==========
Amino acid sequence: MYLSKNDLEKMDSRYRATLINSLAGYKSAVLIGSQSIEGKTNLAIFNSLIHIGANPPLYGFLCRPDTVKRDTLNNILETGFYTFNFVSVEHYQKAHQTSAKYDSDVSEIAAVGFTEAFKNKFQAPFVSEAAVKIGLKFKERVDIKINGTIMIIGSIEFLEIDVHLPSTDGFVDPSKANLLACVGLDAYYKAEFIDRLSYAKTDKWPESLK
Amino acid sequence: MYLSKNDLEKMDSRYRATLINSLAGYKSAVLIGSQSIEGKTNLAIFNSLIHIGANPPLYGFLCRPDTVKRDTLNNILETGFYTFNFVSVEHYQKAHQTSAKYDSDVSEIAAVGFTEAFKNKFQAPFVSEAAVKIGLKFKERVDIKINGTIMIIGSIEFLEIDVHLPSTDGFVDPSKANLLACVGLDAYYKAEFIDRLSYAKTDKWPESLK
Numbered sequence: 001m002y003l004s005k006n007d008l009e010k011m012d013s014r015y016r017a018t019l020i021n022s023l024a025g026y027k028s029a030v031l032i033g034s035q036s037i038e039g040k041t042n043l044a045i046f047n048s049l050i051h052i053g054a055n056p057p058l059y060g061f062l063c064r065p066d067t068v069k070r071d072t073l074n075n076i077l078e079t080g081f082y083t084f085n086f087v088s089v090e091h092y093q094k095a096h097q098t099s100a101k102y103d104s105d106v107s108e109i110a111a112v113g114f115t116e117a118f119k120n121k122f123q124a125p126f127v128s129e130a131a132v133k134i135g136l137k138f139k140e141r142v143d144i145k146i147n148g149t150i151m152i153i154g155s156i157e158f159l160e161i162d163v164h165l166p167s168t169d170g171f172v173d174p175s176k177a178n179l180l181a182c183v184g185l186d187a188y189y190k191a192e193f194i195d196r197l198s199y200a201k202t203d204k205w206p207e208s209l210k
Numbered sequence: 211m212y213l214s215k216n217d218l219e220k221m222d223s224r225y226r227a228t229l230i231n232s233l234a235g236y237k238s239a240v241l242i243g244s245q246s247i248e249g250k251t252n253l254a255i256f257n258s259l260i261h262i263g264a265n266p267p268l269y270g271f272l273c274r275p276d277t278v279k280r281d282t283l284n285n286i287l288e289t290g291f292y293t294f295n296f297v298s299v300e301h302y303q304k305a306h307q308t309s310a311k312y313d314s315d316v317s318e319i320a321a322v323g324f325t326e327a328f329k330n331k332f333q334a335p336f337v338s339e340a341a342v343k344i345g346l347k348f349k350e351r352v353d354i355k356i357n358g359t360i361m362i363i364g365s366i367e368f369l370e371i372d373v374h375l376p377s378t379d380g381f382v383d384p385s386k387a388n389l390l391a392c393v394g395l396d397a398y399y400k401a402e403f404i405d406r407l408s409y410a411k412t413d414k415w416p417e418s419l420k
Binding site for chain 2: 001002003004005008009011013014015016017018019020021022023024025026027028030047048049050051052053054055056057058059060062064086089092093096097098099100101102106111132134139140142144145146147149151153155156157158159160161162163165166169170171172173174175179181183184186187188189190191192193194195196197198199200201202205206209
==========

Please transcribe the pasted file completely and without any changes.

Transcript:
Amino acid sequence: MYLSKNDLEKMDSRYRATLINSLAGYKSAVLIGSQSIEGKTNLAIFNSLIHIGANPPLYGFLCRPDTVKRDTLNNILETGFYTFNFVSVEHYQKAHQTSAKYDSDVSEIAAVGFTEAFKNKFQAPFVSEAAVKIGLKFKERVDIKINGTIMIIGSIEFLEIDVHLPSTDGFVDPSKANLLACVGLDAYYKAEFIDRLSYAKTDKWPESLK
Amino acid sequence: MYLSKNDLEKMDSRYRATLINSLAGYKSAVLIGSQSIEGKTNLAIFNSLIHIGANPPLYGFLCRPDTVKRDTLNNILETGFYTFNFVSVEHYQKAHQTSAKYDSDVSEIAAVGFTEAFKNKFQAPFVSEAAVKIGLKFKERVDIKINGTIMIIGSIEFLEIDVHLPSTDGFVDPSKANLLACVGLDAYYKAEFIDRLSYAKTDKWPESLK
Numbered sequence: 001m002y003l004s005k006n007d008l009e010k011m012d013s014r015y016r017a018t019l020i021n022s023l024a025g026y027k028s029a030v031l032i033g034s035q036s037i038e039g040k041t042n043l044a045i046f047n048s049l050i051h052i053g054a055n056p057p058l059y060g061f062l063c064r065p066d067t068v069k070r071d072t073l074n075n076i077l078e079t080g081f082y083t084f085n086f087v088s089v090e091h092y093q094k095a096h097q098t099s100a101k102y103d104s105d106v107s108e109i110a111a112v113g114f115t116e117a118f119k120n121k122f123q124a125p126f127v128s129e130a131a132v133k134i135g136l137k138f139k140e141r142v143d144i145k146i147n148g149t150i151m152i153i154g155s156i157e158f159l160e161i162d163v164h165l166p167s168t169d170g171f172v173d174p175s176k177a178n179l180l181a182c183v184g185l186d187a188y189y190k191a192e193f194i195d196r197l198s199y200a201k202t203d204k205w206p207e208s209l210k
Numbered sequence: 211m212y213l214s215k216n217d218l219e220k221m222d223s224r225y226r227a228t229l230i231n232s233l234a235g236y237k238s239a240v241l242i243g244s245q246s247i248e249g250k251t252n253l254a255i256f257n258s259l260i261h262i263g264a265n266p267p268l269y270g271f272l273c274r275p276d277t278v279k280r281d282t283l284n285n286i287l288e289t290g291f292y293t294f295n296f297v298s299v300e301h302y303q304k305a306h307q308t309s310a311k312y313d314s315d316v317s318e319i320a321a322v323g324f325t326e327a328f329k330n331k332f333q334a335p336f337v338s339e340a341a342v343k344i345g346l347k348f349k350e351r352v353d354i355k356i357n358g359t360i361m362i363i364g365s366i367e368f369l370e371i372d373v374h375l376p377s378t379d380g381f382v383d384p385s386k387a388n389l390l391a392c393v394g395l396d397a398y399y400k401a402e403f404i405d406r407l408s409y410a411k412t413d414k415w416p417e418s419l420k
Binding site for chain 2: 001002003004005008009011013014015016017018019020021022023024025026027028030047048049050051052053054055056057058059060062064086089092093096097098099100101102106111132134139140142144145146147149151153155156157158159160161162163165166169170171172173174175179181183184186187188189190191192193194195196197198199200201202205206209